Create suitable and safe places for families to exercise in communities and commuting options such as bike trails.
Work with community organizations, food policy councils, and businesses to ensure that families have access to grocery stores, markets, and food pantries that offer healthy food selections.
Several community-based childhood obesity programs have been evaluated in the peer-reviewed literature.20–22 These interventions offer the benefit of cultural relevancy because different cultures have diverse learning styles that may be better addressed in community settings. CBPR can dispel mistrust within the community and provide a sense of community ownership for health prevention programs. In addition, local community businesses benefit from the educational and financial resources associated with research projects.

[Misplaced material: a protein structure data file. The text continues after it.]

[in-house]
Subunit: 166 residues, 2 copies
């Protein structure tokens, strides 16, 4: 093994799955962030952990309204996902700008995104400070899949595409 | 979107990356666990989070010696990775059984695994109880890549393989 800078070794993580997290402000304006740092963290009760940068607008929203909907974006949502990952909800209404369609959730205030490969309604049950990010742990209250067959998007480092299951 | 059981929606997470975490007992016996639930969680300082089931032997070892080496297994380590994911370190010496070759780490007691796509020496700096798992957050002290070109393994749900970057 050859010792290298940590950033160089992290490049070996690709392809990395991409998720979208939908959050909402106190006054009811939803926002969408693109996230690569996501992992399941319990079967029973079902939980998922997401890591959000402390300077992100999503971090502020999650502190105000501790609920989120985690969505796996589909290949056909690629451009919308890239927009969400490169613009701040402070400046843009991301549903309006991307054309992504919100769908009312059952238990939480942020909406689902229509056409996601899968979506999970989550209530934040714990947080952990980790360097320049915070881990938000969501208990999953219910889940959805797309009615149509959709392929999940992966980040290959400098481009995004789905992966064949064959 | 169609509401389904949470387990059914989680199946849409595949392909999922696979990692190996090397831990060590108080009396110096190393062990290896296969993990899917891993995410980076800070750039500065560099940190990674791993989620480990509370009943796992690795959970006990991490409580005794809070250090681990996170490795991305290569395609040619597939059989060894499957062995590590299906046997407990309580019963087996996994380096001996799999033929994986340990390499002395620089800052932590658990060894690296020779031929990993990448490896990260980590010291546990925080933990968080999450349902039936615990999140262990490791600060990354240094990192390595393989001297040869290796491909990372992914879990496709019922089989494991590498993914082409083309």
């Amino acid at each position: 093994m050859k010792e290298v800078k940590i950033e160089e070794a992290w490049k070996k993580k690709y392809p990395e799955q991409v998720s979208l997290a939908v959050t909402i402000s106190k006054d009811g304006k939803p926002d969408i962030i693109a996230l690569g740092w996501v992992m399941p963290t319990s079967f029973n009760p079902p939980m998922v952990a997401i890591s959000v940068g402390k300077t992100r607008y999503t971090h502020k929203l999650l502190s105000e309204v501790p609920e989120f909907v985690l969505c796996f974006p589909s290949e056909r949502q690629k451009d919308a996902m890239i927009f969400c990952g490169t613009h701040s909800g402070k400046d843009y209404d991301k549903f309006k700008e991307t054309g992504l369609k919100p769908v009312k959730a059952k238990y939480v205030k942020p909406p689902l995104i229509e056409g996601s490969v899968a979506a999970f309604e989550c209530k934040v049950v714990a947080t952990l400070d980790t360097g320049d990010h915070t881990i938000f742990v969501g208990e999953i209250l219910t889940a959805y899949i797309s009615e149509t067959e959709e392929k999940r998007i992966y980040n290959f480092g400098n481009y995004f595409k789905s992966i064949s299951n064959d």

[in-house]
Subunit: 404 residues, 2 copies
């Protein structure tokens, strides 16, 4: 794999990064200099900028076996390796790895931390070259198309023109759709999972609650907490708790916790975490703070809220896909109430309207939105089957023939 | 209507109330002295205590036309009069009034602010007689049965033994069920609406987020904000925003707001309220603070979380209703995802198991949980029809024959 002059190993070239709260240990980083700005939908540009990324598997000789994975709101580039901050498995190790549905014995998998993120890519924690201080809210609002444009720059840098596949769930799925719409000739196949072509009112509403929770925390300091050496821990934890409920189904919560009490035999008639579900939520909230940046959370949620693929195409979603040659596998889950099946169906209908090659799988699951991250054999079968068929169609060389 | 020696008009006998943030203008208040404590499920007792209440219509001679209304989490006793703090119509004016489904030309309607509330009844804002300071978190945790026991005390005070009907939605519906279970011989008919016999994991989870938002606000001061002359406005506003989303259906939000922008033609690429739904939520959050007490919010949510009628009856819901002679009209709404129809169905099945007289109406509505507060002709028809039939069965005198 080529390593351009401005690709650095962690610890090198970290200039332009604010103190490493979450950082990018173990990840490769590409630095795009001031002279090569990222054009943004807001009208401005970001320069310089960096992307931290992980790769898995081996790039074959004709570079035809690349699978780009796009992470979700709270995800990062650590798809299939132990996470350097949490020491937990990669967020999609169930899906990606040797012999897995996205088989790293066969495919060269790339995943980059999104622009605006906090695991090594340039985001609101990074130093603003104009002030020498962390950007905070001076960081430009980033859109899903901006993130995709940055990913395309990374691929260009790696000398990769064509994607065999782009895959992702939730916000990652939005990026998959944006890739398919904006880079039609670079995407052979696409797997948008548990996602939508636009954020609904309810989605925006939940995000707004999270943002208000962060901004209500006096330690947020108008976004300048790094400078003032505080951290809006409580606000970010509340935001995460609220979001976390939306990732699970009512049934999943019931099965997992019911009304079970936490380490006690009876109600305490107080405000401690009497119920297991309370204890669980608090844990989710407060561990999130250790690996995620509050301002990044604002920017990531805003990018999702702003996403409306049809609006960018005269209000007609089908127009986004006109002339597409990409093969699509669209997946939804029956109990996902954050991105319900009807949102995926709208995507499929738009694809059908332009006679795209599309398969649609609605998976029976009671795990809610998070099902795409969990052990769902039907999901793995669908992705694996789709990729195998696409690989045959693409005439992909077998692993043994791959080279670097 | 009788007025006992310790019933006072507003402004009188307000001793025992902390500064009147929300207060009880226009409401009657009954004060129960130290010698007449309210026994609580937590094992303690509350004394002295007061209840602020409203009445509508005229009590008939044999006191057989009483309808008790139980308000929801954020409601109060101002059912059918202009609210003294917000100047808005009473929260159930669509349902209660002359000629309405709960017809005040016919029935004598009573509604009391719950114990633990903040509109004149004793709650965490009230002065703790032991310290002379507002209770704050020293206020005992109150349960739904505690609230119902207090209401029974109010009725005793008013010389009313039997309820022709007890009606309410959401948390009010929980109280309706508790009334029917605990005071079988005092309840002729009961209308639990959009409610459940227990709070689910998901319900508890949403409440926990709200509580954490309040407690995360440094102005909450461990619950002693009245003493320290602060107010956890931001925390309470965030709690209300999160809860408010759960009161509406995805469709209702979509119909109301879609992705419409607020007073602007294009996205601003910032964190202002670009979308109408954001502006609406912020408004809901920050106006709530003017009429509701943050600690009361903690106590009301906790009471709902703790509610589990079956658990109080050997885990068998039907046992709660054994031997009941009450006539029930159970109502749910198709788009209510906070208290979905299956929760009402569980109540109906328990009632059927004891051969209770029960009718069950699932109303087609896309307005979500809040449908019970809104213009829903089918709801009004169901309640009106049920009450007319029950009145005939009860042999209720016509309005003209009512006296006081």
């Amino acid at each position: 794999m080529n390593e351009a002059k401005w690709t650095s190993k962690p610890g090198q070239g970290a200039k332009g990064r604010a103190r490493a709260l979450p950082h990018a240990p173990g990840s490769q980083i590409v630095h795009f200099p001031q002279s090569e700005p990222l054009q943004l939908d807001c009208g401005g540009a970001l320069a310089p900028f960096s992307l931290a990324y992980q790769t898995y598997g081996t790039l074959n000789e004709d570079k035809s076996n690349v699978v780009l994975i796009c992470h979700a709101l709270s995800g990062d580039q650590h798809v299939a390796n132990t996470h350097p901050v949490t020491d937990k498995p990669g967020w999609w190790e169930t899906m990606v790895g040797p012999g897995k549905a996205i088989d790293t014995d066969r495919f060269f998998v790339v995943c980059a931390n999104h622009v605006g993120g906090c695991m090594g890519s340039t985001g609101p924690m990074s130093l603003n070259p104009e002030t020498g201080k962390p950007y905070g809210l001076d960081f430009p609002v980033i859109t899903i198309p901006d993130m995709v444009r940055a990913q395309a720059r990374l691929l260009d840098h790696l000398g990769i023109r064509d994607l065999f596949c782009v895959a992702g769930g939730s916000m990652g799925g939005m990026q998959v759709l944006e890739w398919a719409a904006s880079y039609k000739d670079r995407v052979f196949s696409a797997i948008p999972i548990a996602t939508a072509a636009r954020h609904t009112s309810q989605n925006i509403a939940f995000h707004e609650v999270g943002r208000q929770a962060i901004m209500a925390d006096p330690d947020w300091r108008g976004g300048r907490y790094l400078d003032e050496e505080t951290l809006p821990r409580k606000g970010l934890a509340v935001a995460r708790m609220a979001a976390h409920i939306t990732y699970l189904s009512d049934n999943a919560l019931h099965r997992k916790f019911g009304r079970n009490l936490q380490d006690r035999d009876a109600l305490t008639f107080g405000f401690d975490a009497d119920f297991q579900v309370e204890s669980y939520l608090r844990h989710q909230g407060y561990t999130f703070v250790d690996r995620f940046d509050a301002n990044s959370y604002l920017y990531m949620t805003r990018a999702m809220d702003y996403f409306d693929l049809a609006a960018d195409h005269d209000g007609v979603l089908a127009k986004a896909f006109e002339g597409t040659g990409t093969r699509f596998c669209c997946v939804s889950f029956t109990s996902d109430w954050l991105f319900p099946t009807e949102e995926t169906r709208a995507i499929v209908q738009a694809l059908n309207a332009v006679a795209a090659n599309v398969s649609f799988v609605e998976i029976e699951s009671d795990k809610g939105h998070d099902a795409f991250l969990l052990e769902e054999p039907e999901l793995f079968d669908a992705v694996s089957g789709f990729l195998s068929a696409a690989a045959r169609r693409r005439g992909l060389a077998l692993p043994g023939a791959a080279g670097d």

There are many opportunities for clinicians and researchers to test interventions in underserved community settings to reach populations at high risk for diabetes who would not normally receive this support. Prevention of diabetes is an important goal, and academics and public health professionals are in a unique position to implement proven strategies and test new ones in community settings.